DexOS wrote:@jnc100, Great work, are you testing each card and slowing clock down or up accordingly ? or just slow it down any way, as the mailbox has good easy to use functions, for getting max clock speed for sd card.
From what I'm learning deciding on the correct frequency for SD cards is tricky.
The specs define two SD clock frequencies - fOD and fPP used for initialization and data transfer respectively. The exact value for these is hidden away in the simplified specs and despite many days of re-reading and searching I've only just found out whilst in the process of writing the reply that the value fOD should probably be 400 kHz. fPP depends on the card - it can be 25 MHz (default), 50 MHz (high speed mode), or in UHS-I mode it can be 25, 50, 100 or 208 MHz.
The official way of setting the clock speed is to use the clock control register at offset 0x2c. The value you put in here can be determined in two ways. First, some controllers contain a set of 'preset' registers with values to read and put in the clock control register defined for each operating mode. Unfortunately the Arasan circuitry doesn't provide this. The second way is to use one of the clock control modes (either 10-bit divided clock mode or programmable clock mode) to divide the base clock up to an appropriate value.
To do this, you need to know both the base clock rate provided to the eMMC controller and the value of 'M' (if you are using programmable clock mode). On most host controllers, both of these are found in the capabilities register, which again is not present in the Arasan chip. Thus without knowledge of the magic 'M' value, it is impossible to calculate a divisor using the programmable clock mode (perhaps this knowledge could be gleaned from the linux module sources?). If the base clock rate is not found in the capabilities register, the SDHCI docs state it should be found 'by other means'. In the case of the Broadcom chip we can use the mailbox interface to query the clock rate supplied to the eMMC controller and then calculate our divisor from that.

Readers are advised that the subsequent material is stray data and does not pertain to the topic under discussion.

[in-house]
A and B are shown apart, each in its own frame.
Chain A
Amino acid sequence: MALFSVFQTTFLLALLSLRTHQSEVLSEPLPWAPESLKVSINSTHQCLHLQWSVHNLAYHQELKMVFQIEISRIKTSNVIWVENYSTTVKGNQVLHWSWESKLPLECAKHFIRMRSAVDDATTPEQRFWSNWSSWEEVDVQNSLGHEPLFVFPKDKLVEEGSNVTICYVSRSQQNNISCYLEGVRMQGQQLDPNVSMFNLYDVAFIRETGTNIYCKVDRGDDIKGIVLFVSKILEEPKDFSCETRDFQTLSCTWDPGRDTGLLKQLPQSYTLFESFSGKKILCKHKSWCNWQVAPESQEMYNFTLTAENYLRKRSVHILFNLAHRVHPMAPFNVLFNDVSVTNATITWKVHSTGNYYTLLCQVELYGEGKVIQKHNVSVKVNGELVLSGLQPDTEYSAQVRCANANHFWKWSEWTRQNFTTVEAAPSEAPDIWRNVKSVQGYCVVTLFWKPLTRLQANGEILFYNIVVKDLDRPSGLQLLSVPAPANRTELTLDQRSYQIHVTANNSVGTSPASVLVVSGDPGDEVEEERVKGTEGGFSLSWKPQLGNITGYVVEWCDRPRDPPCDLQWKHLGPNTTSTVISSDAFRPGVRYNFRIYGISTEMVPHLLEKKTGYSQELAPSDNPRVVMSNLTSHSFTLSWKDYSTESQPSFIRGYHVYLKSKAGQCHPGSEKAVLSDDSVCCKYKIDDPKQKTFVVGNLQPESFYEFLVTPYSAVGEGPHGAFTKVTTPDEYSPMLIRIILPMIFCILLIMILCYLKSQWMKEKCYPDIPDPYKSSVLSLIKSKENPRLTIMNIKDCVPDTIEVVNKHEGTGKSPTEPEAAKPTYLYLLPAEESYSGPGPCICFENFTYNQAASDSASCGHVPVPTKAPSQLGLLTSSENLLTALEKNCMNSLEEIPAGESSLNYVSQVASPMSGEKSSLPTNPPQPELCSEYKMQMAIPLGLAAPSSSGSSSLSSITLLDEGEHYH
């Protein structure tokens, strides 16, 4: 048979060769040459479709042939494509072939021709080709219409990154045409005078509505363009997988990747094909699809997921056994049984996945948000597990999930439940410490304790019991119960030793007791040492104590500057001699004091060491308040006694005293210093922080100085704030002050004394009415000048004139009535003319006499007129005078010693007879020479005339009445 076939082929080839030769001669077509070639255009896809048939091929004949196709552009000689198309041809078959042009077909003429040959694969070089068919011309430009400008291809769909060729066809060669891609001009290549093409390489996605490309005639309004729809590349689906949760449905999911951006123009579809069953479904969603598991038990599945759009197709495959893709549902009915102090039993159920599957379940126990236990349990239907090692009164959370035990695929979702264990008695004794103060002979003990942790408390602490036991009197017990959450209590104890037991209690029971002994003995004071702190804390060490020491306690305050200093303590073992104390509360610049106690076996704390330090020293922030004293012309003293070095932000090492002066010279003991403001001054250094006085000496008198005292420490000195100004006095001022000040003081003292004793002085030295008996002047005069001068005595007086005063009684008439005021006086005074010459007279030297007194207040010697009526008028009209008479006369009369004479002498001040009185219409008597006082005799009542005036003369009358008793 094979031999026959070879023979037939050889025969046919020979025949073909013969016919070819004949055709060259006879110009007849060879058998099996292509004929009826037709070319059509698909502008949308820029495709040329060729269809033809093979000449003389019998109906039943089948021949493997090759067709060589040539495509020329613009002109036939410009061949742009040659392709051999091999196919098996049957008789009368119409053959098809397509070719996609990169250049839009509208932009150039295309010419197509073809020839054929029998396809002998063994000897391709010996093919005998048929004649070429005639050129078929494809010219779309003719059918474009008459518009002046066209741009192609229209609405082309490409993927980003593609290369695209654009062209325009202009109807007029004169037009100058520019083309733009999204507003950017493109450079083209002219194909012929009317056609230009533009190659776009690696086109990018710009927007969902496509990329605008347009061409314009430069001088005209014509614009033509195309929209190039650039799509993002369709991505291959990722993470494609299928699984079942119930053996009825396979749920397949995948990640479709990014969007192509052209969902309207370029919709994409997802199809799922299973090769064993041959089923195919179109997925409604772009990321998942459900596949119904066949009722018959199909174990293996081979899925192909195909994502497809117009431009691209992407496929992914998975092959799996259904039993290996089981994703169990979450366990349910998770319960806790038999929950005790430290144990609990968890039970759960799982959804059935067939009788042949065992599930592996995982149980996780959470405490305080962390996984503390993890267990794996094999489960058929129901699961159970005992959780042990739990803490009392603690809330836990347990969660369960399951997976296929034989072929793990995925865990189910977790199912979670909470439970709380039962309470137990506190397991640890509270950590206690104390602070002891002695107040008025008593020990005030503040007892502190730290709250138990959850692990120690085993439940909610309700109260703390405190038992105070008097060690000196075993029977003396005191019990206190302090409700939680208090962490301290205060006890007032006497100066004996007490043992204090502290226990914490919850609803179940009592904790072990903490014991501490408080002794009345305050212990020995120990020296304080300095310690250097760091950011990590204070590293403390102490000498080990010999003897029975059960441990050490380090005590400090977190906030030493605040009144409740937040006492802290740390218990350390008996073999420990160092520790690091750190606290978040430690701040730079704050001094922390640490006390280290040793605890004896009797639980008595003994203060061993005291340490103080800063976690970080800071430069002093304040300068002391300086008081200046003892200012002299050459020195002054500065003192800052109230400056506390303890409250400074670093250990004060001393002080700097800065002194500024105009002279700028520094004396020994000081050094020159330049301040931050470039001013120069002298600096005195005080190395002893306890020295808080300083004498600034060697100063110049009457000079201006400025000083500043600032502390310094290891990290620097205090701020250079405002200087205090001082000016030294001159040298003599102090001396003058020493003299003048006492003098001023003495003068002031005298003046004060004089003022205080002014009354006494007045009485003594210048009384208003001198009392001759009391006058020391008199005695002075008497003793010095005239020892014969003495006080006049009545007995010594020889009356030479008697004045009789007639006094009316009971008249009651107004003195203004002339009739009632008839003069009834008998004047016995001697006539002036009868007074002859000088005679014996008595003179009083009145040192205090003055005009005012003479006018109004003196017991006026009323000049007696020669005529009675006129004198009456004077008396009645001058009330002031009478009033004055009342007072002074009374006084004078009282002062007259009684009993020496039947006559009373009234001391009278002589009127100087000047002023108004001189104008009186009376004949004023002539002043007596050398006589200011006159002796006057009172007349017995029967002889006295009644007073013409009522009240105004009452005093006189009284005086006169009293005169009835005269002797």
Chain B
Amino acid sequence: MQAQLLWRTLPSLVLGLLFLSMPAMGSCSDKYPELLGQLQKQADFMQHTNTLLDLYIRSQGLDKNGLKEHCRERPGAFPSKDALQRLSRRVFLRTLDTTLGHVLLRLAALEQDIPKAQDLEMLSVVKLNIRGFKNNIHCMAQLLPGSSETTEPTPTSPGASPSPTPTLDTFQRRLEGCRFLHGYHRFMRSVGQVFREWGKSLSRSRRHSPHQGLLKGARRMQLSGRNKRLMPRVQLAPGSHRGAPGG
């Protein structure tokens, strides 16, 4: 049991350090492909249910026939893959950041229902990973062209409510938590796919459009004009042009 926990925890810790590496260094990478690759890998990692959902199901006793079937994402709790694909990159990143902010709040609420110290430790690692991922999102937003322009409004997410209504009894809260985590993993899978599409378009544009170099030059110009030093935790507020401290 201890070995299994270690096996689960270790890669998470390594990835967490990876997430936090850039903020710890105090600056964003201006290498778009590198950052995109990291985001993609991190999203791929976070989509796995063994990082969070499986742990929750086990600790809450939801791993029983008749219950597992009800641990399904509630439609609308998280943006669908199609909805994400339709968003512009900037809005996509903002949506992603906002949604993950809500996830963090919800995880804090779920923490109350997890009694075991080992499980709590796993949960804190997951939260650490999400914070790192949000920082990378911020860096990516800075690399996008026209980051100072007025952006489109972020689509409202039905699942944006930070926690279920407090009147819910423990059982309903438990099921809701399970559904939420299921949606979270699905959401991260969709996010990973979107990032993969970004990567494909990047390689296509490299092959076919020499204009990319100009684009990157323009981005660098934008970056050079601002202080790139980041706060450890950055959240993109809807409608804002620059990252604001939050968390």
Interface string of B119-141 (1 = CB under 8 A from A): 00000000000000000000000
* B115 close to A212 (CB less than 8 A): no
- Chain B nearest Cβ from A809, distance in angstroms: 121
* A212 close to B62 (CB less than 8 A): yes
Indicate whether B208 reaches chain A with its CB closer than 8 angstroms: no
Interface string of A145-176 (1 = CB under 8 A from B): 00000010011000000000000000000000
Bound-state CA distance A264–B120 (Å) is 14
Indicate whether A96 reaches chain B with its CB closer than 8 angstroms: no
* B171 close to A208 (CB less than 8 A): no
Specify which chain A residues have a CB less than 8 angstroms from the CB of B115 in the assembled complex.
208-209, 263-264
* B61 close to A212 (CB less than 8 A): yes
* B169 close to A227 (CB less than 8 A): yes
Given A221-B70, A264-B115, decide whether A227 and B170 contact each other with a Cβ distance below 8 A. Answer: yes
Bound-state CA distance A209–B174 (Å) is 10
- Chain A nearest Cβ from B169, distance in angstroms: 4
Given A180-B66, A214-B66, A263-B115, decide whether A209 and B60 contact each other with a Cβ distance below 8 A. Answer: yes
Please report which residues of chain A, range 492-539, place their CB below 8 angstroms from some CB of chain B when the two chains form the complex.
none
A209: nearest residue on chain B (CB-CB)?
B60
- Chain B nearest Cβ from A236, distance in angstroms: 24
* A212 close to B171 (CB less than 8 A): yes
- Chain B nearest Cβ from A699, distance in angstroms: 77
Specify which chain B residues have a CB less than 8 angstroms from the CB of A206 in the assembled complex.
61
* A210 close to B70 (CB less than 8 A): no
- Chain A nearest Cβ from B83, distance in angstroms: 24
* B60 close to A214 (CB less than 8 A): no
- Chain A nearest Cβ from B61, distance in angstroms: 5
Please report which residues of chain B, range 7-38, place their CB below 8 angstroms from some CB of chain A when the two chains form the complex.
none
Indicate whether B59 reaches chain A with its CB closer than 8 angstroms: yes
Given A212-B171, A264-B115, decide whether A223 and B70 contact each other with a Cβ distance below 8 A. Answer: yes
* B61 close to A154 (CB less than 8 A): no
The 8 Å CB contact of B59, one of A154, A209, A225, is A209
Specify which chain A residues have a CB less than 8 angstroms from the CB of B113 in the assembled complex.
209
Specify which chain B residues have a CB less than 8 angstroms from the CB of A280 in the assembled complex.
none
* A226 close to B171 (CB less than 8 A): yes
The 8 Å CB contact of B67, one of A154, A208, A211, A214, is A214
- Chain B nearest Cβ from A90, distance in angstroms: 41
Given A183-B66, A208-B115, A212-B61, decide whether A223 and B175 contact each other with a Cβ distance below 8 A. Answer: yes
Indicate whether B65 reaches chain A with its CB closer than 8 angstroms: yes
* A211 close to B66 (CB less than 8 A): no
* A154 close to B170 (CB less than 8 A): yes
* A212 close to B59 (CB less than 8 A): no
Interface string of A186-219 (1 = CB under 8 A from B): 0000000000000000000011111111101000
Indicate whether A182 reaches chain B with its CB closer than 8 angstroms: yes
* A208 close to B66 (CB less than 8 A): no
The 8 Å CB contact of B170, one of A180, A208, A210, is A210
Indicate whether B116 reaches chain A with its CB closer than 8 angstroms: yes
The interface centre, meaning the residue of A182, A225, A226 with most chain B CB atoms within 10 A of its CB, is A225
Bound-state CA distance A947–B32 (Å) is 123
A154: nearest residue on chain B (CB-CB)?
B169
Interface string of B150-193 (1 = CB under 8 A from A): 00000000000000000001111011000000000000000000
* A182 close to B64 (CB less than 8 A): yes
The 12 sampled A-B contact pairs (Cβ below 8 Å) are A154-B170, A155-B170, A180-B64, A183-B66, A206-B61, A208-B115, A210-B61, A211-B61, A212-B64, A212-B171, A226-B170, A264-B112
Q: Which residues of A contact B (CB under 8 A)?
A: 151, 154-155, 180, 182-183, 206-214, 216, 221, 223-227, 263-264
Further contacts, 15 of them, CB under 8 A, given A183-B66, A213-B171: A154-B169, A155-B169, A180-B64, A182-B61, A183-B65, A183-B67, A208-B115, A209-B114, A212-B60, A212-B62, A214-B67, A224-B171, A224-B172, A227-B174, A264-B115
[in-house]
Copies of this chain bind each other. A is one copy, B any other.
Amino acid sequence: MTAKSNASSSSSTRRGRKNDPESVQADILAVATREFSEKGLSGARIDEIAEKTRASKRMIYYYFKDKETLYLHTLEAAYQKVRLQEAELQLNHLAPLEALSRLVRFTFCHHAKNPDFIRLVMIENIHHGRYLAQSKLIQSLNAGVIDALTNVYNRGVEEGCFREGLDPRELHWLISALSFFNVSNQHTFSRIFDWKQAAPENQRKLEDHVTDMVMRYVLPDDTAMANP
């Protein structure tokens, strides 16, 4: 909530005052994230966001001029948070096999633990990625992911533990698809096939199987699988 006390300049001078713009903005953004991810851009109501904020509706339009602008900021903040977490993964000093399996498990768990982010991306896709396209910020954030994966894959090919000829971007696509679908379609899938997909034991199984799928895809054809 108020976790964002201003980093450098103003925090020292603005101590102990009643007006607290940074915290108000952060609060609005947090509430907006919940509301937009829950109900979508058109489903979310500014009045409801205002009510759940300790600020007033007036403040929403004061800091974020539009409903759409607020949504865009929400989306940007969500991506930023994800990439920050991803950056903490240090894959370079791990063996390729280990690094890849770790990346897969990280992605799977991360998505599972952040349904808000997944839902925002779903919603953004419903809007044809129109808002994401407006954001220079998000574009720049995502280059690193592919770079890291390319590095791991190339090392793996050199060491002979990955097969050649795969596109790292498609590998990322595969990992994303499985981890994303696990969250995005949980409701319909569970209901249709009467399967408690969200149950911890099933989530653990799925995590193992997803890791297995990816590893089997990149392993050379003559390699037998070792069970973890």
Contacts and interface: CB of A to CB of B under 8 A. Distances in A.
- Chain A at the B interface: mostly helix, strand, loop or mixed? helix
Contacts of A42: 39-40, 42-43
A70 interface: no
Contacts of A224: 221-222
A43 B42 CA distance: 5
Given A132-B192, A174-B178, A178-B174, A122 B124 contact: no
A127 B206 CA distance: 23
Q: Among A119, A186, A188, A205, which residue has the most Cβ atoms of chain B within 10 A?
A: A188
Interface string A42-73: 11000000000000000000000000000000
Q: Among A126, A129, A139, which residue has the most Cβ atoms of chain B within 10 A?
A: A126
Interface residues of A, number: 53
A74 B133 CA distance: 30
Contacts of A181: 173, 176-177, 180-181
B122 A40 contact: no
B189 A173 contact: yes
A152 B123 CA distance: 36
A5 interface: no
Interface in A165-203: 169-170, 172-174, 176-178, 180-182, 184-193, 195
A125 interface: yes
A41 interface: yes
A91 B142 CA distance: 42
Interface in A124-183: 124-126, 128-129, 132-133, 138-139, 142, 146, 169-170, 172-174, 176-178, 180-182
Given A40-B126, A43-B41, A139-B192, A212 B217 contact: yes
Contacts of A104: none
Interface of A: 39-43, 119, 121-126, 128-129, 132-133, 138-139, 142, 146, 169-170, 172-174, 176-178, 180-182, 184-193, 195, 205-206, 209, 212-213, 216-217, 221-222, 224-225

The boot-up value of the base eMMC clock in the RPi is currently 100 MHz (as I have recently discovered). What I was previously doing (based upon code found somewhere in these forums) was using programmable clock mode to set the SD clock frequency to 'base clock * M / 2' which if we assume the value of 'M' is 1 equates to 50 MHz, for higher values of 'M' it is even quicker, which obviously wouldn't work with anything but the most modern cards. I think the reason the code was provided here was that that I think (based upon reading old code lying around) the base eMMC clock was 50 MHz in previous firmware versions (thus giving a valid SD clock of 25 MHz) but has since been increased.
The new version of my code does not change the base eMMC clock but simply reads its value and calculates an appropriate divisor for 10-bit programmable clock mode. To get things working I currently set all cards to run at 12.5 MHz (but enable 4-bit mode and UHS-I for quicker transfers if they are available) although I imagine what I should probably do is use 400 kHz for the identification phase and then switch up to 25 MHz for data transfers however as things seem to work for everyone now I'm reluctant to make this change.
I do not know what would happen if you change the clock frequency by using the mailbox interface intstead of the internal divider within the eMMC circuitry, as this would affect the clock rate at which the host interfaces with the rest of the ARM and Broadcom peripherals, as well as the SD clock rate (which is the rate the host interfaces with the card). Also, you are supposed to switch the SD card clock off when changing its rate and then re-enable it afterwards, so using the in-built divider may be easier anyway (as you can do it all with writing to the same register).